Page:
Conditions of Lying…I Mean Learning!

by Robert Pondiscio
March 20th, 2009

Australian whole language guru Brian Cambourne has found himself in a minor dust-up Down Under for suggesting a “subliminal campaign” to undermine phonics as an approach to teaching reading by subconsciously linking it with the idea of failure.

Cambourne, best known in the U.S. for his “Conditions of Learning” theory, sent a mass email to literacy educators suggesting they flood an education minister’s office with emails linking phonics to “readicide”, which Cambourne describes as ”the systematic killing of the love of reading, often exacerbated by the inane, mind-numbing practices found in schools,” the Australian reports.  Cambourne’s suggestion was in response to the official’s announcement of the nation’s “first direct comparison of phonics-based reading methods with other techniques.”

Asked why he had to resort to a subliminal campaign instead of relying on evidence, Professor Cambourne first said: “You don’t really believe we can influence the minister’s subconscious?”  Cambourne tells the Australian:

When the email was quoted back to him, Professor Cambourne said he and his colleagues had to rely on cognitive science’s framing theory. “It’s a way of making ideas change based on new theories rather than just denying or trying to argue with people you can’t argue with,” Professor Cambourne said. “When you rely on evidence, it’s twisted. We can also present evidence but we never get a fair hearing. We rely on the cognitive science framing theory, to frame things the way you want the reader to understand them to be true – framing things that you’re passionate about in ways that reveal your passion.”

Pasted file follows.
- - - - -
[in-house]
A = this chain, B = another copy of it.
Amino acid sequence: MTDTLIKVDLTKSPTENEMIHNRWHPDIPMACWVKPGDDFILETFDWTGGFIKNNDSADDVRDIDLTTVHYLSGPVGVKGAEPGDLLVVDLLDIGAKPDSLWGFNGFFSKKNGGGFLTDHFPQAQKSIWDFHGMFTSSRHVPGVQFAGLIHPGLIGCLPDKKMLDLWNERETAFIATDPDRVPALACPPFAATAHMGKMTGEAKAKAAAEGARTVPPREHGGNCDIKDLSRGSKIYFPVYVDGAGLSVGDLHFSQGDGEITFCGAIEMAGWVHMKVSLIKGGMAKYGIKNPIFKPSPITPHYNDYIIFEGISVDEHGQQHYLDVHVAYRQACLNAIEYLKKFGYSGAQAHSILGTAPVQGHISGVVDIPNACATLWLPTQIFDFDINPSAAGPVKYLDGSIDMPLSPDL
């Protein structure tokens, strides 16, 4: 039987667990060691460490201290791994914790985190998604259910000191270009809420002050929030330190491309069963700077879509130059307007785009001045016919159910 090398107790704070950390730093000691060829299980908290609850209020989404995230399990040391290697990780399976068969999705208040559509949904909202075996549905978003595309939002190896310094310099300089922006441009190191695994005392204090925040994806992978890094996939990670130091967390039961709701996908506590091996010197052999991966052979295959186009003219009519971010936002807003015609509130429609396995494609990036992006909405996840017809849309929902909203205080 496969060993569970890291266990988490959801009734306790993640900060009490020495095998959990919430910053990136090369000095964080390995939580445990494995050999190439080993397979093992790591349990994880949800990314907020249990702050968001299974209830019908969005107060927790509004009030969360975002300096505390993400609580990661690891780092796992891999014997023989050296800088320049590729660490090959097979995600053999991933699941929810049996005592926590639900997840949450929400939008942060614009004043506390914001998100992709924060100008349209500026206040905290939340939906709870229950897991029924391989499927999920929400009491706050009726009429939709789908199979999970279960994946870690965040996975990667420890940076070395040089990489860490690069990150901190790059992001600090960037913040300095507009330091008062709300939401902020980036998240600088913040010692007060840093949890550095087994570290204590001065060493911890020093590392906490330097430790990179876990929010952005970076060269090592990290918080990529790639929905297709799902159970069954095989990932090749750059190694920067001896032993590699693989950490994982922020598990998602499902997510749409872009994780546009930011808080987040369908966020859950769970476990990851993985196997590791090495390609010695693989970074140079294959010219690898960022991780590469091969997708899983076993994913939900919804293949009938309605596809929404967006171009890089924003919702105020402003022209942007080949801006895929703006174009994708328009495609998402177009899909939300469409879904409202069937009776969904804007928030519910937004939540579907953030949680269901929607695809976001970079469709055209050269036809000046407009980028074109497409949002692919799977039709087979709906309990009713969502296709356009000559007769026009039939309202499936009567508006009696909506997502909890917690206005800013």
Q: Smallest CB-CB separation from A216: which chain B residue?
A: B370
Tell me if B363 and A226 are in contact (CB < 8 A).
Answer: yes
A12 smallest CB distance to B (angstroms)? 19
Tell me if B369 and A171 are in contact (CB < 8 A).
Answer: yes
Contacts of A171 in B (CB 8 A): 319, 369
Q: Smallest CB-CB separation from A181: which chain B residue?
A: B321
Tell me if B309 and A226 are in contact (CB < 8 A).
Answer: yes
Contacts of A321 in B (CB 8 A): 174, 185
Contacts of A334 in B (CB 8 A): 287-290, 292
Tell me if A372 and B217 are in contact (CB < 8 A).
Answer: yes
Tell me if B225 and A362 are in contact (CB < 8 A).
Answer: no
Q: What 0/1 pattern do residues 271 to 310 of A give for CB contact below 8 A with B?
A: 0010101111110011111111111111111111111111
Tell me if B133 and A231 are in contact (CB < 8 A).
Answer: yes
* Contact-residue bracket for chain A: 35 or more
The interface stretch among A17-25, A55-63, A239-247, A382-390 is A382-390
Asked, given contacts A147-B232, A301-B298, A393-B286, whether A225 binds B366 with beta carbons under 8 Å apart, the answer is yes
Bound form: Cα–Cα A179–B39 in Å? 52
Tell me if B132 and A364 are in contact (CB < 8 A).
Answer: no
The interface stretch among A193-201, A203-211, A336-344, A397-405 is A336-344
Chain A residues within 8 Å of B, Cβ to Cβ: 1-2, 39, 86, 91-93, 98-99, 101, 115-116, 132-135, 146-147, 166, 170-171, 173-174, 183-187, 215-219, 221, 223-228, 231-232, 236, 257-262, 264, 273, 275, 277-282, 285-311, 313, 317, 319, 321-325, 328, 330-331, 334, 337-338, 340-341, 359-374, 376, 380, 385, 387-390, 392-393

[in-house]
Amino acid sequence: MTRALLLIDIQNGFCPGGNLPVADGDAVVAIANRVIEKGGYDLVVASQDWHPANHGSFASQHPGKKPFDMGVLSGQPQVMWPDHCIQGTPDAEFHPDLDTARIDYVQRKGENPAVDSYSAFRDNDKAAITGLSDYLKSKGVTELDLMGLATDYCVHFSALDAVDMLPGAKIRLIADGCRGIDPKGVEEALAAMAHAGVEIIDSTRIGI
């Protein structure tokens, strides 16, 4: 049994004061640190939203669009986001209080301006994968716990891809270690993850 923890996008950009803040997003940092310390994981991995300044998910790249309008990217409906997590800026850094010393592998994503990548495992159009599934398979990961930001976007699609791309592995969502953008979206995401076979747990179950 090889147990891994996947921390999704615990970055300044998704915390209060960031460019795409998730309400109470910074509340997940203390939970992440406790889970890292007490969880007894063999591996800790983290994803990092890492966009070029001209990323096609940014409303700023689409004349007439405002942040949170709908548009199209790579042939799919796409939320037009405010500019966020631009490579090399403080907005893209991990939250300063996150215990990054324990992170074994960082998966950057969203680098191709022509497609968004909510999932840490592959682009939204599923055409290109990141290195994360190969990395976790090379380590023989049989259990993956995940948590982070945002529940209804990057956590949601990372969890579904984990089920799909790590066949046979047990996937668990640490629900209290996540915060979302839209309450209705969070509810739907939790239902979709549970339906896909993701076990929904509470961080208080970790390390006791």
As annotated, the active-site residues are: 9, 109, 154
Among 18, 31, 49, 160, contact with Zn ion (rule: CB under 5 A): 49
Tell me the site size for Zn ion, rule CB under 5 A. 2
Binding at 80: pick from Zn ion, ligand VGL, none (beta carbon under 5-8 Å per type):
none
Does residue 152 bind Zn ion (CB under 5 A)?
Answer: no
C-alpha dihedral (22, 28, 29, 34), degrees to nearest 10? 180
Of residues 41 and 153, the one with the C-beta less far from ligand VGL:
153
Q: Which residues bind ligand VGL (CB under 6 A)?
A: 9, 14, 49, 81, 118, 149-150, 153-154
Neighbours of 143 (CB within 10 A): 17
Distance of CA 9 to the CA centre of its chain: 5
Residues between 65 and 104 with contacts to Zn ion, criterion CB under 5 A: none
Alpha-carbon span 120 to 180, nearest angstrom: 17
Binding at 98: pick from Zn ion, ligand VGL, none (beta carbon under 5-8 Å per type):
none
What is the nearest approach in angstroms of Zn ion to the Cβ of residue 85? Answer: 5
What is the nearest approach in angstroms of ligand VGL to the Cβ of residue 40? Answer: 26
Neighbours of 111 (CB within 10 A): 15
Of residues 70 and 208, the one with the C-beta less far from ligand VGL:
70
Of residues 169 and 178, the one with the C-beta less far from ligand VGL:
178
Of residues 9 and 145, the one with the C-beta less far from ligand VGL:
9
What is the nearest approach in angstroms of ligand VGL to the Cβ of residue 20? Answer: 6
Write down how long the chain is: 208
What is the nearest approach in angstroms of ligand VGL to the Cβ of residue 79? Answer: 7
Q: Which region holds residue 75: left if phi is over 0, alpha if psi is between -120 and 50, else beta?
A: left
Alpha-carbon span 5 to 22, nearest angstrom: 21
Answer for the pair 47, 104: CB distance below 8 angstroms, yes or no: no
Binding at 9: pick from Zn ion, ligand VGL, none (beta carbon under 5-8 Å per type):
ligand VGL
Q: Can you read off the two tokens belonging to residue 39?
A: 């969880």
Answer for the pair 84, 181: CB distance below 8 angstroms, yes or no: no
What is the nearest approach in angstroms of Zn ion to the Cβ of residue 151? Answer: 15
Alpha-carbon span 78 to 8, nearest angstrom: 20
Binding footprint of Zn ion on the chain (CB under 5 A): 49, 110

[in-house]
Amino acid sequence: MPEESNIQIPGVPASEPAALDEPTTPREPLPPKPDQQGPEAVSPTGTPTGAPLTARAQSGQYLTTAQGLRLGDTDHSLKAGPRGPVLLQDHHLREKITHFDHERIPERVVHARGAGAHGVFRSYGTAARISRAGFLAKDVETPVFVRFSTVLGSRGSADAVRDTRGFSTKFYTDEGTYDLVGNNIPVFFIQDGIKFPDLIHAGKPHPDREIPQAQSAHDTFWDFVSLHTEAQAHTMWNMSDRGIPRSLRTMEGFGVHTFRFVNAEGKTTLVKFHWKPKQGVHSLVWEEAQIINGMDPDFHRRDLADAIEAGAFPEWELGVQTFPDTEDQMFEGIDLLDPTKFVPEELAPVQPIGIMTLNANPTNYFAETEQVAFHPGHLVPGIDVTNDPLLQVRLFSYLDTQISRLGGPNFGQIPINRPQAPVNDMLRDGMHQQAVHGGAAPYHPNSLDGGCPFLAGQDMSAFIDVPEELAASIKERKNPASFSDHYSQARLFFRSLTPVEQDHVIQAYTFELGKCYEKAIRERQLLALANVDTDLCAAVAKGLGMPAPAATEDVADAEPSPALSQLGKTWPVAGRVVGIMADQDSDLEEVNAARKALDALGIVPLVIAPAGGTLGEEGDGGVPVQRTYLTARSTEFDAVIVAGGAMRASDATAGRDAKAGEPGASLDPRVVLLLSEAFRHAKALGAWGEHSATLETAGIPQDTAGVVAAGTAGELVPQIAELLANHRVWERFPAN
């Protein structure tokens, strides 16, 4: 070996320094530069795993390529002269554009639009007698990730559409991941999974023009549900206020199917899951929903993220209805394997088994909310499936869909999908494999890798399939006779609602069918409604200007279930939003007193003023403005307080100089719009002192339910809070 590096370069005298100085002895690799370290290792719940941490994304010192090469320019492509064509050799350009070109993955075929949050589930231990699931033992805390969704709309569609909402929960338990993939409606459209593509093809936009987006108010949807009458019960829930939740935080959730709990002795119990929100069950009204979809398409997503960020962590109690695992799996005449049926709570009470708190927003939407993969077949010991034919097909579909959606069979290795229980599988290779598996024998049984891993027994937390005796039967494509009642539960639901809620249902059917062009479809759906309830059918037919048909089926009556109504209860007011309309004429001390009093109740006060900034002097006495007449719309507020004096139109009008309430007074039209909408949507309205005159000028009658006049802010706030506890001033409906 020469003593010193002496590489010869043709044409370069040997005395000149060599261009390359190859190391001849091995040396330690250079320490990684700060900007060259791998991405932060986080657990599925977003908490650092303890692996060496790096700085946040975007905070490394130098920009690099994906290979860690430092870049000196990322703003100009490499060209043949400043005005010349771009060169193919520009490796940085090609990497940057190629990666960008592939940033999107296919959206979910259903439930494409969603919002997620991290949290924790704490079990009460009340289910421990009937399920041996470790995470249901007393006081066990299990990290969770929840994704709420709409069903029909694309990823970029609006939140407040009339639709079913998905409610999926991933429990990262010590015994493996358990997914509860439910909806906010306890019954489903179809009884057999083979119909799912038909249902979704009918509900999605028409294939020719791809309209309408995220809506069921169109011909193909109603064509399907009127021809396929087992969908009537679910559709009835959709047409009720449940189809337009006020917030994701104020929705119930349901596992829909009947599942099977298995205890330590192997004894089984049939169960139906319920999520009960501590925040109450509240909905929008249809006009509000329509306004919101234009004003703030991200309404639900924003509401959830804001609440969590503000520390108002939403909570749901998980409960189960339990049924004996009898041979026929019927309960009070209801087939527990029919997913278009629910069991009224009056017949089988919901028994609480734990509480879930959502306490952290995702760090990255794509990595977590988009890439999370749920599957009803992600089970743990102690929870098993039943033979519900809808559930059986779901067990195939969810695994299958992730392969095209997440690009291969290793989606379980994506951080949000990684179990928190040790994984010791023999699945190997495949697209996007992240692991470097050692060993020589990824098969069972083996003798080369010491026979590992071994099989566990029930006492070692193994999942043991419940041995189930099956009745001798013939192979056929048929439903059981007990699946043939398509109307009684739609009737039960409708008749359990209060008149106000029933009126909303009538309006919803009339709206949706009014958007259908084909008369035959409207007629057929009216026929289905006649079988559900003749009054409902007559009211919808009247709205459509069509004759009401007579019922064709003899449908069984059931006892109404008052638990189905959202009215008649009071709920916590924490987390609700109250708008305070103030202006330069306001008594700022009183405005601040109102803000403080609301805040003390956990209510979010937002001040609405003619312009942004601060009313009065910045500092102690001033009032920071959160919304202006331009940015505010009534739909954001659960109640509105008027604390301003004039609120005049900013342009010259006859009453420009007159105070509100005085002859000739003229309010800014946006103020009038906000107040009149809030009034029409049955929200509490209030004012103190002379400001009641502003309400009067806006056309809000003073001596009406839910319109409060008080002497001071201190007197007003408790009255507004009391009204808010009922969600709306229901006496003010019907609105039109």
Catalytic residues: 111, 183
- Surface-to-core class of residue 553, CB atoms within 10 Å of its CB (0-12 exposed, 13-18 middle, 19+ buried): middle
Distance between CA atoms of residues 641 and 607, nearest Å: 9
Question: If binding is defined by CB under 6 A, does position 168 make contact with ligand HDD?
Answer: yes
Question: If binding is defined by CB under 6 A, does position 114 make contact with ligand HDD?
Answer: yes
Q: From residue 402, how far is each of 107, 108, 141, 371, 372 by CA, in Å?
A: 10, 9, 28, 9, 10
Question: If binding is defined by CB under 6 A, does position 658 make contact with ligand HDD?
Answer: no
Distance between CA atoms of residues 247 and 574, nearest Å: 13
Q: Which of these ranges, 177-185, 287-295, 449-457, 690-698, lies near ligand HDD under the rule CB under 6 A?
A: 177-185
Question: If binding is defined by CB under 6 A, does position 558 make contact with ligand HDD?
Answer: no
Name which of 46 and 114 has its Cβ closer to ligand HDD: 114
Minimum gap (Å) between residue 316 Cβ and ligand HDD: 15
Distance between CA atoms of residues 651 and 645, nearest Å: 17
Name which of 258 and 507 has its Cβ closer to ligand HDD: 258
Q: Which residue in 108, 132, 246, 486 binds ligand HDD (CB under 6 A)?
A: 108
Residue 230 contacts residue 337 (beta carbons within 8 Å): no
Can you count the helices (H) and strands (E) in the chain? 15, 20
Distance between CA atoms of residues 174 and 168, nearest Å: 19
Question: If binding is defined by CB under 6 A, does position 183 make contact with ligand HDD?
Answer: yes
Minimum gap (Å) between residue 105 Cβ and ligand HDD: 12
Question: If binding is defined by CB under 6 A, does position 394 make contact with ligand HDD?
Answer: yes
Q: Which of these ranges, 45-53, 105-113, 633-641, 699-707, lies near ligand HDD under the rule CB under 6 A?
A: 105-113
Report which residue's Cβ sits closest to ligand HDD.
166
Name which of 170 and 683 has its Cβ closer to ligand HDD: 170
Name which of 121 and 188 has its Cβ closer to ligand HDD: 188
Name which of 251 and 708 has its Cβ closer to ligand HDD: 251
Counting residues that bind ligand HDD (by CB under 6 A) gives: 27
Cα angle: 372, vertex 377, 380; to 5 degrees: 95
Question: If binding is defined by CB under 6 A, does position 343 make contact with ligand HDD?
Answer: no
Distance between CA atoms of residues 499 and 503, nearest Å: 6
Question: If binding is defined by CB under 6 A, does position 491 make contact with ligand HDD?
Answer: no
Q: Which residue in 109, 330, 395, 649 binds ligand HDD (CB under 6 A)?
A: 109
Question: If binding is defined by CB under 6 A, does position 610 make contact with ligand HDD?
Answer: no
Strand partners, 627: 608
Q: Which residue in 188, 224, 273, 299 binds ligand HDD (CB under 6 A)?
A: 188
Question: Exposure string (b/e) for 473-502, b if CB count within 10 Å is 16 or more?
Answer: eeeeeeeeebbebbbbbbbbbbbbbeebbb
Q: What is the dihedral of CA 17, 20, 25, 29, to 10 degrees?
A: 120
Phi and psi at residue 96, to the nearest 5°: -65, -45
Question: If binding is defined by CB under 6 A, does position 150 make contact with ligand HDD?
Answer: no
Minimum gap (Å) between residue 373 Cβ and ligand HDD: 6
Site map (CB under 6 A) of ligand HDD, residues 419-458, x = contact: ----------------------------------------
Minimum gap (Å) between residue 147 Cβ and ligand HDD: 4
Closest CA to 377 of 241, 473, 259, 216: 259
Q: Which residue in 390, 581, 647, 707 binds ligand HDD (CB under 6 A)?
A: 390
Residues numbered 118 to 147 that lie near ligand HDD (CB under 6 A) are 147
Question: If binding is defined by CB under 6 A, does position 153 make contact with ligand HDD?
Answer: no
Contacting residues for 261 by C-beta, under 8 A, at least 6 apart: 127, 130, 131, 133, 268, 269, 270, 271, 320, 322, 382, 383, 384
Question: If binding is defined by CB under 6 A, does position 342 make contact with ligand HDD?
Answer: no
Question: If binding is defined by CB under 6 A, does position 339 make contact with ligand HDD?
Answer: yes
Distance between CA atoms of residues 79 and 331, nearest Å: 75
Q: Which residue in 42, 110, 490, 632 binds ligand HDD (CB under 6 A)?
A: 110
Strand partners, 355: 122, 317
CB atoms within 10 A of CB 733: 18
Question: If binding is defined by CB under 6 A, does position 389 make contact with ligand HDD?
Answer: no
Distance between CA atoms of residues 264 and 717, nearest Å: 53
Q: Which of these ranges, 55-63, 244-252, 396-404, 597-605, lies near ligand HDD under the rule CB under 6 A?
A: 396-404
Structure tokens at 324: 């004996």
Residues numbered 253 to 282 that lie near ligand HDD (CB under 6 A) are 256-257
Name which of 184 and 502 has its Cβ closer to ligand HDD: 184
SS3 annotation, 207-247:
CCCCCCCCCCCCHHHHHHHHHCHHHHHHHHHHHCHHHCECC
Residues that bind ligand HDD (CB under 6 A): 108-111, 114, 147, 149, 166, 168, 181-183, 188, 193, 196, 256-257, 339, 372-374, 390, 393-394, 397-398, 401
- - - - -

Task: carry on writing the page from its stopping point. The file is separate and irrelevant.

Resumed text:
Framing things the way you want the reader to understand them to be true?  Forgive me, but isn’t that a fancy definition of lying?

“We have to use the same kind of tactics that have been used to demean and demonise whole language,” he said before adding that, if The Australian reported his comments: “I will deny I ever said this.”

Oops.

3 Comments »

  1. Wow. If I were minister of education and received a flood of emails containing the word “readicide,” I would reply with a polite but curt request to stop the “peace-of-mind-icide” and leave me alone.

    Cambourne’s idea brings to mind the curriculum change movement of the late 1940s and 1950s, which Diane Ravitch describes in detail in Left Back and The Troubled Crusade. As schools rewrote their curricula, they used social engineering techniques to identify and persuade those teachers who resisted the curriculum change. We see some of those techniques in PDs today.

    In his 1964 doctoral thesis, “Kurt Lewin’s Theory of Social Change Applied to Curriculum Change.” Robert William Coleman cites experiments suggesting that people are much more likely to embrace a change if they discuss it in a group than if they simply receive the information from the presenter. Like many involved in the curriculum change movement, Coleman assumes that the change in question is necessary and good. He does not consider that there might be legitimate reasons for resisting it. The authors of Human Relations in Curriculum Change (ed. Benne and Muntyan, 1951) show a similar blind spot. They are quite blithe about it all.

    Another example of such manipulation is the T4 video “Pay Attention,” which uses advertising ploys (in the guise of facts) to convince the viewer that kids should be using iPods and other gadgets in the classroom. This video is used at PDs to get teachers excited about technology.